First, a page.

How to Deal with a Sick or Injured Pet

Keeping your pet well-nourished and cared for can cut down on the necessity to visit the vet, but if the worst should happen, you need to know how to deal with it.

Keeping your pets healthy is just as important as looking after your own health. A well cared for pet will have a better life and live longer, and it will also cost you less in vet’s bills during its lifetime.

When you get a new pet visit a vet and have your new family member examined to make sure it is healthy. If you already have a pet and haven’t done this, it’s not to late to do it now.

First of all you need to find a good vet who charges reasonable fees. Friends and neighbours can often recommend someone locally, animal shelters and breeders can often be helpful here. If you have to choose from the telephone book it’s a good idea to visit the clinic and see if it is suitable in terms of where it is, service level, costs, etc.

When you visit the vet with your pet take safety precautions because behaviour can change when your cat, or dog (or other pet) picks up the scent of other animals. Animals can become highly stressed, afraid sometimes aggressive.

Dogs should be on a leash and cats and rabbits carried in a basket with lid, or a special cage. Very small pets can be carried in cardboard boxes with small air holes made in the top. Make sure that you know what you are going to say to the vet. Get it clearly in your mind. It’s amazing how quickly you can get confused when you are stressed and upset about a sick pet.

Cats and dogs will need to be vaccinated against various animal diseases and you may also need advice on getting your pet neutered if you don’t want to breed the animal.

Handling an animal that is sick, or in pain, takes special care. Be calm and move slowly. Speak softly to reassure because you pet may become aggressive and afraid. Wrap small animals in a blanket to protect yourself and them.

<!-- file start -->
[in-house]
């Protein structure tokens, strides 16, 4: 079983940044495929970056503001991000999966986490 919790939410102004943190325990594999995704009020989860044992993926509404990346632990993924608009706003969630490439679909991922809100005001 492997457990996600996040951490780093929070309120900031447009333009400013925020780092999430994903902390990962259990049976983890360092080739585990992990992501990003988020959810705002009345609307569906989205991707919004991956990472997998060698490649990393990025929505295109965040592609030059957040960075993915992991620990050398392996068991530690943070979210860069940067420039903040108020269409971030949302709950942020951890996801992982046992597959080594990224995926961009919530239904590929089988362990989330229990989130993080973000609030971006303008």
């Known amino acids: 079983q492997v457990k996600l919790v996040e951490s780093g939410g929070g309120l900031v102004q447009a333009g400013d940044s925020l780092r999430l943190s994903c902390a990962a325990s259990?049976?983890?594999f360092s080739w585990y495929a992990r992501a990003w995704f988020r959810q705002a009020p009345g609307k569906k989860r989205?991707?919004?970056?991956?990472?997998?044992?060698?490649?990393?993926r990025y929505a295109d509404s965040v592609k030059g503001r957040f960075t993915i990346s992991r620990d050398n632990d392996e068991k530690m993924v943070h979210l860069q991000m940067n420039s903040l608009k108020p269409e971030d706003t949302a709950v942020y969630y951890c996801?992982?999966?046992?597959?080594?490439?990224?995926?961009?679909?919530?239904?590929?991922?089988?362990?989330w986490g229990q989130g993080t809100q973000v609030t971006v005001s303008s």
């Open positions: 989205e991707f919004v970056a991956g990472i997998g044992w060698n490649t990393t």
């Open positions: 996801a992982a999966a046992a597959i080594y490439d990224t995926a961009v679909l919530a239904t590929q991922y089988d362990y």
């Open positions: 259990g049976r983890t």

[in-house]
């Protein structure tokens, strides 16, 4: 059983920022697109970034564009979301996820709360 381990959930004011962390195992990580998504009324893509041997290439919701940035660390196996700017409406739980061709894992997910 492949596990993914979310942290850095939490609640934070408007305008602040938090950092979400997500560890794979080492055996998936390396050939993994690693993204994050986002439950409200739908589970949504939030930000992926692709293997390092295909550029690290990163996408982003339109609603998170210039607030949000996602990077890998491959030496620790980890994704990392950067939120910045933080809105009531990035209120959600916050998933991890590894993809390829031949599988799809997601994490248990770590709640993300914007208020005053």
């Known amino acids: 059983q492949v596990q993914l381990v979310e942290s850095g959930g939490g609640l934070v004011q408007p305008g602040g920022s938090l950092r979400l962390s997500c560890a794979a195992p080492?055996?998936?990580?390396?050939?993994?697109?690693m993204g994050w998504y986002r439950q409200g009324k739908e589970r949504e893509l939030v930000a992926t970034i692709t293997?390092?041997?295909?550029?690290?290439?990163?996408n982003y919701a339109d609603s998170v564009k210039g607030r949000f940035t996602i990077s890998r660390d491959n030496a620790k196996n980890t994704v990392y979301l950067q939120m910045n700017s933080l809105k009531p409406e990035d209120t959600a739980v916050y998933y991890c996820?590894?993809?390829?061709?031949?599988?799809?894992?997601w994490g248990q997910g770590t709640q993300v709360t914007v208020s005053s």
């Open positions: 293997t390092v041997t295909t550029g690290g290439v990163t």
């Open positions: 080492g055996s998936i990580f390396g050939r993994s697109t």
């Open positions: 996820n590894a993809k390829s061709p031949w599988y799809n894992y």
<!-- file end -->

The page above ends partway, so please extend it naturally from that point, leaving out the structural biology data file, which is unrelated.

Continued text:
How to Give a Cat a Pill

  1. Tilt the cat’s head back and the mouth will drop open. Hold the pill in your other had between finger and thumb.
  2. Drop the pill into the open mouth. Gently hold the mouth closed and blow into the cat’s face.

Giving your pet medication is not always easy. Hiding pills in strong smelling food often works for dogs but often fails for cats. Try salmon paste or meat spread for a cat but even that may fail as cats are notorious for refusing to swallow pills.

If all else fails wrap the cat in a blanket with its head sticking out of the top. Get someone to help you here as that makes it faster and you are less likely to stress the animal, or end up scratched to pieces. Aim to throw the pill as close to the back of the cats tongue as you can. Don’t used your finger to push it in, or you will end up seriously hurt. Once the pill is in the cat’s mouth, hold the mouth closed and blow gently into your cat’s face until it swallows. This usually works but watch out for the clever cat that keeps the pill in the side of its mouth and spits it out once you walk away.

How to Give a Dog a Pill

  1. Put your hand over dog’s muzzle and open the mouth with your other hand.
  2. Place the tablet at the back of the throat and close the mouth.
  3. Rub the throat gently until the dog swallows. Praise your pet and make a fuss of him for swallowing the pill.

On a day to day basis, watch your pet’s behaviour and note any changes. If you are at all worried about your animal visit a vet as son as you can. That way you keep your animal healthy and active for longer and taking care of general health means that problems are less likely later in life. Just the same as you.

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User Comments
  1. valli

    On January 6, 2008 at 7:32 am

    Useful information with well explained pictures.

  2. Judy Sheldon-Walker

    On January 6, 2008 at 8:03 am

    Thanks for the good tips for our babies.

  3. Dee Huff

    On January 6, 2008 at 3:13 pm

    Great advice, Louie. When my daughter’s dog needed antibiotics we tried hiding the pills in lumps of cheese, but it backfired, and he became very suspicious of any treats we gave him for a long time after that.

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